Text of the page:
Founded in 1964, Saint-Vincent de Paul addresses human needs on several fronts, serving as a temporary safety net for those struggling with hunger, homelessness, unemployment and lack of health care.

Although it is based in Pittsburg, it has a much wider reach, with 752 volunteers employing 29 branches that operate almost exclusively at Catholic church sites.

“These are really the boots on the pitch,” said CEO Claudia Ramirez.

Eighteen of these outposts operate pantries once or twice a week, and all issue vouchers that can be redeemed for clothing and furniture at any of Saint-Vincent’s three thrift stores. Paul. The organization also covers or subsidizes customers’ utility bills and will pay for license fees, insurance and repairs.

“It can make a huge difference for someone,” Ramirez said, noting that individuals might not be able to get to work without a working vehicle.

Agency volunteers also make home visits to learn about the family’s financial situation and develop ways to help both short and long term.

For example, a outreach team might find that a family struggling to pay rent is making their problems worse by resorting to high-interest payday loans to cover an unforeseen expense. Armed with this knowledge, they can help the family both by settling their debts and working with them to budget their income more effectively in the future.

St. Vincent de Paul also partners with other non-profit organizations to provide services such as meals, emergency shelter, and free dental services from its Family Resource Center in Pittsburg.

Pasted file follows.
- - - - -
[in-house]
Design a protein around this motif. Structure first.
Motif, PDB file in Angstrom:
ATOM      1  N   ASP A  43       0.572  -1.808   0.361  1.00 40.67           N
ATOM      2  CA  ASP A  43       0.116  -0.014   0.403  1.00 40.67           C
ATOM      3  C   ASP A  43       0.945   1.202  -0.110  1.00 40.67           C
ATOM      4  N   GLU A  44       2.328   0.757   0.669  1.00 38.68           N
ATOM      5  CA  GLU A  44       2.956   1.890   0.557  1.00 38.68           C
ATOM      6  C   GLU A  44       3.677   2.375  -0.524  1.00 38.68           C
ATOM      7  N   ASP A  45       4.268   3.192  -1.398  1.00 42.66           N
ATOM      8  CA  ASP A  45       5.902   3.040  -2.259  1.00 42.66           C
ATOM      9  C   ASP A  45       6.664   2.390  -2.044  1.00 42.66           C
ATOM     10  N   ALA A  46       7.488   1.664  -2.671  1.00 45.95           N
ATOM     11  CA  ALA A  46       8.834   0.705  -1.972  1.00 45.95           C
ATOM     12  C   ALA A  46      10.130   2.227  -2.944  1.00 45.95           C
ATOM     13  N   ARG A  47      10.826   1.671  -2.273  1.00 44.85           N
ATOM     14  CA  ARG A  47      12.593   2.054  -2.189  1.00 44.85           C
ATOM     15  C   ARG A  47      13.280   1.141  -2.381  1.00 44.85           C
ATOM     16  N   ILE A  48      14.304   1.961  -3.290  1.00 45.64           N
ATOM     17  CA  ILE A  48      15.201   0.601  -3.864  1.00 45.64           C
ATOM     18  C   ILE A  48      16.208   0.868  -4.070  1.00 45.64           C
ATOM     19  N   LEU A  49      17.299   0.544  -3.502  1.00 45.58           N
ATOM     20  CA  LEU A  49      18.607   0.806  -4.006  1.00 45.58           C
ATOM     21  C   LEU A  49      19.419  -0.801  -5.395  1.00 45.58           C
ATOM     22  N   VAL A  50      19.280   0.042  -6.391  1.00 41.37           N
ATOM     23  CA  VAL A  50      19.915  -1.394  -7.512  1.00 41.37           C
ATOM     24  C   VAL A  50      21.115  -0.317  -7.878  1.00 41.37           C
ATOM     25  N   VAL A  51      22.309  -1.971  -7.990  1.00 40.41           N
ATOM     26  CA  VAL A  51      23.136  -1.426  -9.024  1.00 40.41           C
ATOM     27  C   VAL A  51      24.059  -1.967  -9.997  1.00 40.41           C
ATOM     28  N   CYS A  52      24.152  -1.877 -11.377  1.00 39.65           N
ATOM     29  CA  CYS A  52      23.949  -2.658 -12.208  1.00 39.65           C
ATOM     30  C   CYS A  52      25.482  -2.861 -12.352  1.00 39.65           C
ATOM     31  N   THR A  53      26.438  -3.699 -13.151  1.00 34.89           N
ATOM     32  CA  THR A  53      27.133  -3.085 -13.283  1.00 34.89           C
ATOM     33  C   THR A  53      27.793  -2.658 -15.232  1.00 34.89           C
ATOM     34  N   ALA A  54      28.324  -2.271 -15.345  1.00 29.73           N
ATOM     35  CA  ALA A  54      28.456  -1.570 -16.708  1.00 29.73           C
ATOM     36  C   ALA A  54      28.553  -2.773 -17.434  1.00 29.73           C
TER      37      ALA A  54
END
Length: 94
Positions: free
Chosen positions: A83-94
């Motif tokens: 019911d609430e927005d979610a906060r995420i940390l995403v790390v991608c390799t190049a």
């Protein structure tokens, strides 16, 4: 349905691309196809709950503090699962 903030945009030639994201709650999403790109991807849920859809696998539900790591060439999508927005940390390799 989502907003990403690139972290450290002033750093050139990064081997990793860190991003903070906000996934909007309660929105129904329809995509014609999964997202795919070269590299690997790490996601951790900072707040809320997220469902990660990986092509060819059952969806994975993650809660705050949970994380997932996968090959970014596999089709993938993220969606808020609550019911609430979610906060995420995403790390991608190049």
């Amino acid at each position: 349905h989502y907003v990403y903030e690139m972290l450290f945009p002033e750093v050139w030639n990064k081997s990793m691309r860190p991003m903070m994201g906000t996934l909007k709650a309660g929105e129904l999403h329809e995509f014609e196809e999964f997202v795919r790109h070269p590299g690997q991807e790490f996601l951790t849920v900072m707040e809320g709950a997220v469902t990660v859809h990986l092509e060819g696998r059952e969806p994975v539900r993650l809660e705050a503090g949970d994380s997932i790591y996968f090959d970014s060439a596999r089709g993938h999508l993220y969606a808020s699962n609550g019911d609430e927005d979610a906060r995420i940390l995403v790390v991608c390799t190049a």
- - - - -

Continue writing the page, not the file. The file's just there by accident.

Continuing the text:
EL SOBRANTE, CALIFORNIA – OCTOBER 28: (Left) Theresa Parker kisses Brian Boyle (right) in the Parker family backyard in El Sobrante, Calif. On Thursday, October 28, 2021. The Society of Saint Vincent by Paul de Contra Costa County helps Parkers distribute food. (Dylan Bouscher / Bay Area News Group)

According to its most recent annual report, the organization in 2019-20 pprovided around 50,000 hot meals in its dining room, gsave tons of groceries, treated 670 uninsured patients for free in the medical clinic he opened ten years ago, donated four cars to families, helped around 1,800 people find shelter in the form of rent allowances and equipped 24 people with job search skills through its nearly six-month training program that includes part-time work.

Sometimes the care provided by Saint Vincent de Paul of Contra Costa County can be life changing.

Ramirez remembers the homeless woman who enrolled in her workforce development program several years ago. Not only did the client get a job, but she eventually bought a house in the Central Valley.

“It means what we do here is making a difference,” said Ramirez. “It can change a life. “


Share the spirit

The Share the Spirit vacation campaign, sponsored by the Bay Area News Group, provides relief, hope and opportunity to residents in need by funding nonprofit vacation and outreach programs in the counties of Alameda and Contra Costa. To make a tax-deductible contribution, cut the coupon accompanying this story or go to www.sharethespiriteastbay.org/donate. Readers with questions, as well as individuals or businesses interested in making grants or contributions, can contact the Share the Spirit program at 925-655-8355 or [email protected]